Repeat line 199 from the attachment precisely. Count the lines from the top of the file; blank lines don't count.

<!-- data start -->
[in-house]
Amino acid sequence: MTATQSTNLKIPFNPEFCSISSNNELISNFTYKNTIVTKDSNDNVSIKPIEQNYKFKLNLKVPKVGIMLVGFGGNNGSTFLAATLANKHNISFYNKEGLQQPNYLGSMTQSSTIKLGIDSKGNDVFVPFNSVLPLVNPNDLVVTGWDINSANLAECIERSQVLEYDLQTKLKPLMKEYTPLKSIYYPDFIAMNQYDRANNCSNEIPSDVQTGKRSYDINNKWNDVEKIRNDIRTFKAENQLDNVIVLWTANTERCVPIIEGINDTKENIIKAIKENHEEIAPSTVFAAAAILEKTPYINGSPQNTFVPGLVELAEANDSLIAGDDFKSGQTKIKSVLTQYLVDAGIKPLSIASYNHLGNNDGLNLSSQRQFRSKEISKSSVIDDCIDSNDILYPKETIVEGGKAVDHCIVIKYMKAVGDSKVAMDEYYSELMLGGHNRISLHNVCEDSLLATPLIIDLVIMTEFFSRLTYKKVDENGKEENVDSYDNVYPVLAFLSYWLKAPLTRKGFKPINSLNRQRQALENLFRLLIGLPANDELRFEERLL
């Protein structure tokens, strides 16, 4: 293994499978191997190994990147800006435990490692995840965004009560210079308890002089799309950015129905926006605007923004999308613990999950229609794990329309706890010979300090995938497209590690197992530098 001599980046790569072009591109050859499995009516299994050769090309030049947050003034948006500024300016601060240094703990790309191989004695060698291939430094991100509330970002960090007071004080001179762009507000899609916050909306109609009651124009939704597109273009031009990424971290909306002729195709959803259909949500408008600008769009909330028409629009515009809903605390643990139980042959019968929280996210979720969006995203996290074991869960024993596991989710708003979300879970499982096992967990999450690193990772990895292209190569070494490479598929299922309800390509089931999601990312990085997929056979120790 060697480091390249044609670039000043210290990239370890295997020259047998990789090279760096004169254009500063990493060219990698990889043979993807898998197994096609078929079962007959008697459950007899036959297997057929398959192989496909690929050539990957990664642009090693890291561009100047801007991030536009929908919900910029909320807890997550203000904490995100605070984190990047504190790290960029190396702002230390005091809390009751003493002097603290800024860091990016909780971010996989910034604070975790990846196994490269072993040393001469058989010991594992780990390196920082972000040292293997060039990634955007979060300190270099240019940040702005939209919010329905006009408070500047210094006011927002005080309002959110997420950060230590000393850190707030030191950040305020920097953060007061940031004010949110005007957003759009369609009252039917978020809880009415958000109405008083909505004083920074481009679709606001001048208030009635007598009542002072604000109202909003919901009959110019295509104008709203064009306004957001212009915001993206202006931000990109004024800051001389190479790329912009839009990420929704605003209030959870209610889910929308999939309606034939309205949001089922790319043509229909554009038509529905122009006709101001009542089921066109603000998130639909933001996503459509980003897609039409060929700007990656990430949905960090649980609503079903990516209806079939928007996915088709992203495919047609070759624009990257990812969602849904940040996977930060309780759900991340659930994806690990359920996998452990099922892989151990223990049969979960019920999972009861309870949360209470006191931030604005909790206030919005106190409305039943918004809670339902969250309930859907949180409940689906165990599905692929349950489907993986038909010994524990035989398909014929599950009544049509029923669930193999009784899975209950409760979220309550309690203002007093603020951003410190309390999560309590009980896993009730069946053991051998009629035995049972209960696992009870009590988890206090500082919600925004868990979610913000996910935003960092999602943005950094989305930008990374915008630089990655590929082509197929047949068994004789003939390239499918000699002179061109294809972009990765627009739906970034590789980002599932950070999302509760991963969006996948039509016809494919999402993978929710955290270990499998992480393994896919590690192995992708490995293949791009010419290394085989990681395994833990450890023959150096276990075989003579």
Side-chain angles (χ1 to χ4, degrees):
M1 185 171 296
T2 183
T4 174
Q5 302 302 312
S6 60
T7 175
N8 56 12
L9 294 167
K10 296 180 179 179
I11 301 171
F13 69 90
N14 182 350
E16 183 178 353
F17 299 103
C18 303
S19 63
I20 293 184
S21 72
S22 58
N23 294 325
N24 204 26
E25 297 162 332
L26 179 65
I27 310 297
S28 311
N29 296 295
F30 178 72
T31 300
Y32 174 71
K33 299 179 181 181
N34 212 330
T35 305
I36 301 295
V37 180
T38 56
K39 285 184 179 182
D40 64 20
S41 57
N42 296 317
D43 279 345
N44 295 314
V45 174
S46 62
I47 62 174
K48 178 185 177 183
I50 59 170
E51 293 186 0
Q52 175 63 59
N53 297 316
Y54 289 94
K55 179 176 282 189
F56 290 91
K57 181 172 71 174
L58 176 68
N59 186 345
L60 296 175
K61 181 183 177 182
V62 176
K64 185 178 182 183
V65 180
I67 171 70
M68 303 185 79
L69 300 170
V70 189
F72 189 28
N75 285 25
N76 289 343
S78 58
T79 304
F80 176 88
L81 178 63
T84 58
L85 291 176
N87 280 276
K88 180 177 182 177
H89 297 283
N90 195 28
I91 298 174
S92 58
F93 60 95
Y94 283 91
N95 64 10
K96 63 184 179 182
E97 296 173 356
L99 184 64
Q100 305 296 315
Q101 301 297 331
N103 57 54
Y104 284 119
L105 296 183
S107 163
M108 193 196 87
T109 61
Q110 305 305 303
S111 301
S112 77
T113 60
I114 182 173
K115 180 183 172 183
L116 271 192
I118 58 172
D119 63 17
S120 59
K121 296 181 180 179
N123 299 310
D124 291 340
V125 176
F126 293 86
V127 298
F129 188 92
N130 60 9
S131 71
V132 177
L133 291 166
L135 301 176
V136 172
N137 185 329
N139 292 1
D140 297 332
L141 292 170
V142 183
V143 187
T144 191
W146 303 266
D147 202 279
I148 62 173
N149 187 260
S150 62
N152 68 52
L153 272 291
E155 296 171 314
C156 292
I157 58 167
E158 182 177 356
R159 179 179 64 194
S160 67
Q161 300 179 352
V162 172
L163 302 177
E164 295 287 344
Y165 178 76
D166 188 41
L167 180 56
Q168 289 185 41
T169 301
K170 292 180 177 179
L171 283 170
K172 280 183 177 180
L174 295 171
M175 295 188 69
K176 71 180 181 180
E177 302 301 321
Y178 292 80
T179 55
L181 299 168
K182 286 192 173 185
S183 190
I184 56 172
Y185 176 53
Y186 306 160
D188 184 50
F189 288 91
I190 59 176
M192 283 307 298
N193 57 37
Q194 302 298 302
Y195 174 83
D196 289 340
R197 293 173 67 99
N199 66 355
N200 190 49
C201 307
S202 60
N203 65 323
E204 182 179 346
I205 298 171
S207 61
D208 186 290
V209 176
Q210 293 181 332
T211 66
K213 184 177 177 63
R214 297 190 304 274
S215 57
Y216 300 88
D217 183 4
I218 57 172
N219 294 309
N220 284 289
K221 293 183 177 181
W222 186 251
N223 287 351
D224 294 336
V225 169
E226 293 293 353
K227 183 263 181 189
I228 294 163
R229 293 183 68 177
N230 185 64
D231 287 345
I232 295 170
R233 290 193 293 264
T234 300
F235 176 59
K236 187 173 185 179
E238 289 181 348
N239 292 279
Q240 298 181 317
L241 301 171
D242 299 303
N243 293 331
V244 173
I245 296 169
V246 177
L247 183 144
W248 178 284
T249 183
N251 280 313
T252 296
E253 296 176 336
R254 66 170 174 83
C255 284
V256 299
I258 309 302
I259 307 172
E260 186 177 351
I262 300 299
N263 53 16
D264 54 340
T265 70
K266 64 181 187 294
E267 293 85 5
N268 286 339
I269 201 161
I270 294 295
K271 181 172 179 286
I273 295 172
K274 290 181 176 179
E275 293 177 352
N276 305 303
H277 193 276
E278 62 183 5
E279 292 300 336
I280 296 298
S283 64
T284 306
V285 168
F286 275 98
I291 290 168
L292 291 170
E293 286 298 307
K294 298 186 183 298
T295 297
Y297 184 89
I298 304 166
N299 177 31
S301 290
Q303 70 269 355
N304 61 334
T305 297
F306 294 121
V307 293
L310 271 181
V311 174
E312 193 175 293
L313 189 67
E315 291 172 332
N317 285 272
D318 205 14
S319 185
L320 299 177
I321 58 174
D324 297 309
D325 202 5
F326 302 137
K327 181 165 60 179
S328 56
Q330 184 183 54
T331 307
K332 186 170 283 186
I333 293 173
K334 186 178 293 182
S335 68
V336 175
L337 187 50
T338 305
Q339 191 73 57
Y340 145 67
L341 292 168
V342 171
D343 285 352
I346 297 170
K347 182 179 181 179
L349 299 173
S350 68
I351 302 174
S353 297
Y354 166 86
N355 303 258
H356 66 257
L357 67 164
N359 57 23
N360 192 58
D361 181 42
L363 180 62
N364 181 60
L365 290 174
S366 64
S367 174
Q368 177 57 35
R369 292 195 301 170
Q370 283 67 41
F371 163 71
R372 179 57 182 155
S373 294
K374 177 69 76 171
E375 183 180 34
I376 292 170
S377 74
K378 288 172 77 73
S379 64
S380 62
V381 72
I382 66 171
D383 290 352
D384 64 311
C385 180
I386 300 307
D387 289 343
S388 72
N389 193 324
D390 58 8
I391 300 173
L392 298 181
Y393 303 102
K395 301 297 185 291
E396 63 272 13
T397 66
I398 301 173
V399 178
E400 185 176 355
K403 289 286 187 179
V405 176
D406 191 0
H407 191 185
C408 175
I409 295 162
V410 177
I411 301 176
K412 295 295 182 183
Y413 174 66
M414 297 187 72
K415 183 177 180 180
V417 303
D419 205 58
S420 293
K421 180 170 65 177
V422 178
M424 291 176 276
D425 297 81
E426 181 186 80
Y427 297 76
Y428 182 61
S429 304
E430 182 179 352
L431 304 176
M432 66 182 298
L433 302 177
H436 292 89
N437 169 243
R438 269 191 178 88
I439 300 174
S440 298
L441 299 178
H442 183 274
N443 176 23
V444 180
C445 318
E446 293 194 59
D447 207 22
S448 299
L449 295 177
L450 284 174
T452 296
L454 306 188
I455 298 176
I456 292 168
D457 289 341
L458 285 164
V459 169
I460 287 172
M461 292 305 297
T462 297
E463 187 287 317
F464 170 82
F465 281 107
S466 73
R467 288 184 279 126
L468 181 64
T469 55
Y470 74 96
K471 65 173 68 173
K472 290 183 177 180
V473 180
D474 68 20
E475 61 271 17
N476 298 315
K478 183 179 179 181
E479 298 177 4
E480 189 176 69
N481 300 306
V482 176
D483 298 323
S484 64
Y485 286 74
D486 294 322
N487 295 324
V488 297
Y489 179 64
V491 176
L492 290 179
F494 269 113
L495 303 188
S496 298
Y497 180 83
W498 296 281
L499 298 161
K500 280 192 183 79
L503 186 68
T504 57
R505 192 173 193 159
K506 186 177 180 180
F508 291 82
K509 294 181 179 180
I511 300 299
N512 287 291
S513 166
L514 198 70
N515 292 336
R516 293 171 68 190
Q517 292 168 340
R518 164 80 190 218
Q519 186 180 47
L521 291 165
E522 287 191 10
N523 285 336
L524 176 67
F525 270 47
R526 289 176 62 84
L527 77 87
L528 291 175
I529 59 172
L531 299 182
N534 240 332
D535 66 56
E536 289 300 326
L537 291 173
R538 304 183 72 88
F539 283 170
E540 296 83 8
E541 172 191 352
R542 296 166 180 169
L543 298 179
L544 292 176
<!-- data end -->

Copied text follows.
E226 293 293 353